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'Diskin angry he wasn't named Mossad chief'
By YAAKOV LAPPIN AND JPOST.COM STAFF
04/28/2012
Sources close to PM and Barak accuse Diskin of being "politically motivated" and "frustrated," after he slammed the 2.
 
Sources close to Prime Minister Binyamin Netanyahu on Saturday responded to attacks from former Shin Bet (Israel Security Agency) chief Yuval Diskin, saying his comments were "irresponsible" and "motivated by personal frustration that he wasn't chosen to head the Mossad."

On Friday night, Diskin sharply criticized Netanyahu and Defense Minister Ehud Barak at the Majdi Forum in Kfar Saba, saying they "present a false view to the public on the Iranian bomb, as though acting against Iran would prevent a nuclear bomb. But attacking Iran will encourage them to develop a bomb all the faster."

Referring to the leaders as "our two messiahs," Diskin said "they are not fit to hold the steering-wheel of power. I have no faith in the current leadership in Israel and its ability to conduct a war."

Sources close to Barak responded to Diskin's comments on Saturday, sarcastically saying,  "We welcome his entrance to politics."

Those close to the defense minister said Diskin's attack was politically motivated, adding that it is "embarrassing and saddening to see the weakness, judgement, responsibility, and the low language that Diskin, who served the public for years, was dragged into."

Continuing their counter-attack, the sources said Diskin was acting in a petty, inappropriate manner, and was driven by "personal frustration."

"He is harming the legacy of Shin Bet heads... and the functioning norms and values of the organization," they added.

Foreign Minister Avigdor Liberman told Channel 2 on Saturday that Diskin should have resigned as Shin Bet chief if he had no faith in the prime minister and defense minister.

Likud MK Carmel Shama-Hacohen implied that Diskin's comments were political, as they were conveniently made in an election year. "If these are really his opinions about the prime minister and defense minister, we would expect the Shin Bet chief to state them - and to act upon them - in real time, and not to wait for an election year."

Transportation Minister Yisrael Katz stated that Diskin's comments were "crude and inappropriate," adding that "if these are his opinions, he should have stated them in the appropriate forums while he was in office."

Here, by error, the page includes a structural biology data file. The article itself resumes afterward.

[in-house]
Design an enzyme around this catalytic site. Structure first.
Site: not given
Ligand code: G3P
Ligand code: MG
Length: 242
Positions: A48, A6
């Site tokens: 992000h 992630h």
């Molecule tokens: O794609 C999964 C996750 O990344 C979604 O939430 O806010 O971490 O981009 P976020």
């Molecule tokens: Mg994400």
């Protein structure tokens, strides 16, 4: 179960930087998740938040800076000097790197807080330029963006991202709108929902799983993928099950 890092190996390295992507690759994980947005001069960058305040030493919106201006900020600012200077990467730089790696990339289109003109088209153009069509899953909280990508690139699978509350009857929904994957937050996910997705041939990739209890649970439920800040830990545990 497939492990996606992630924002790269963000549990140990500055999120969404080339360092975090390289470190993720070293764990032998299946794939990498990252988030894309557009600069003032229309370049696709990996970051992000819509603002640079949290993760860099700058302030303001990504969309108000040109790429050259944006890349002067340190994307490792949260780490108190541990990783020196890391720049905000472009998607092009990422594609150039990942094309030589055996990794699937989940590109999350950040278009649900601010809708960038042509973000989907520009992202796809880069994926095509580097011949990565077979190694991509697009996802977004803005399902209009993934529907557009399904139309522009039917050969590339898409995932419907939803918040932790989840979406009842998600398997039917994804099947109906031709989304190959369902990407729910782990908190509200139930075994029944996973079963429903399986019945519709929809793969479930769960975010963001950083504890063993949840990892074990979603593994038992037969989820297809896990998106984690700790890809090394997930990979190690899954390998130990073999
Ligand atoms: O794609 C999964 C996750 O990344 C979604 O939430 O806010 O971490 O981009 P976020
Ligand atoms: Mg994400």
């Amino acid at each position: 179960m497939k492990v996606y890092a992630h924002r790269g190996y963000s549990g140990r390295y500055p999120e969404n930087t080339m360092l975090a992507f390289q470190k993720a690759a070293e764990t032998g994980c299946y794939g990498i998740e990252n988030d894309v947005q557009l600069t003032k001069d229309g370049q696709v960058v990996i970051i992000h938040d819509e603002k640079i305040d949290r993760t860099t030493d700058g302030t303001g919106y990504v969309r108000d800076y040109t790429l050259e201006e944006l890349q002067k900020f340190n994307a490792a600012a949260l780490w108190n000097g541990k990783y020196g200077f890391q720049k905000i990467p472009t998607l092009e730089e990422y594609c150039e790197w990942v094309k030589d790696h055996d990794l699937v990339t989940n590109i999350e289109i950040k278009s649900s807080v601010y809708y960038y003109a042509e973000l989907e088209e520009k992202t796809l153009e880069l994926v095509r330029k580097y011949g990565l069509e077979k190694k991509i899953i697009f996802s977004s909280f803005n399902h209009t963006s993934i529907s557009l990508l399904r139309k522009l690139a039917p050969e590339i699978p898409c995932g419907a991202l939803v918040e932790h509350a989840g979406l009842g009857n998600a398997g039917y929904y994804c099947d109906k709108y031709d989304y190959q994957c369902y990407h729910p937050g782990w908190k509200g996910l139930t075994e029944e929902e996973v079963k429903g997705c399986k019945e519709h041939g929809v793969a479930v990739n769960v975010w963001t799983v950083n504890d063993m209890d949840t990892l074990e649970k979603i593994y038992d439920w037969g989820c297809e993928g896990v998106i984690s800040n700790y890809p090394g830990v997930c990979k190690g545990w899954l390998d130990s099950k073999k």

Vice Premier Silvan Shalom stated that Diskin should not have spoken out about the Iranian threat in public. "I think that Diskin was wrong to say what he did, and that when he considers what he said he will realize that he was wrong," Shalom said.

Culture and Sports Minister Limor Livnat called Diskin's comments "inappropriate," adding that they could damage the country's standing.

From the Left, Labor leader Shelly Yacimovich referred to Diskin as a "serious man" whose remarks caused disquiet. In an interview with Army Radio, Yacimovich said that Iran is not Israel's problem, but the whole world's problem, and the Israel must cooperate with the US and Europe on the issue. While she said that the military option should also be on the table, the Labor leader said that it should be the very last option.

Diskin also blamed the Netanyahu government for the stalled peace process with the Palestinian Authority, saying, "Leave aside all the stories they're selling to us in the media, that we want to talk to Abu Mazen [PA President Mahmoud Abbas] but he doesn't [want to talk to us]. I'm telling you we're not talking to the Palestinians because this government does not want to talk to the Palestinians, and i was there until a year ago and i know what's going on in this field from up close."

Diskin accused the current government of having "no interest in solving anything with the Palestinians. This government knows that if it makes the smallest step in this direction, than the current power base and strong coalition will fall apart. it's very simple."

He added that he was not defending the Palestinians, noting that Abbas "has made mistakes, but that's not relevant now."

"We as a people have an interest in peace, the government does not," Diskin continued.

Earlier, Diskin said the concept of reaching an absolute resolution of the conflict was a Utopian and unrealistic idea, and proposed reaching for a two-state solution within the confines thrown up by the current reality.
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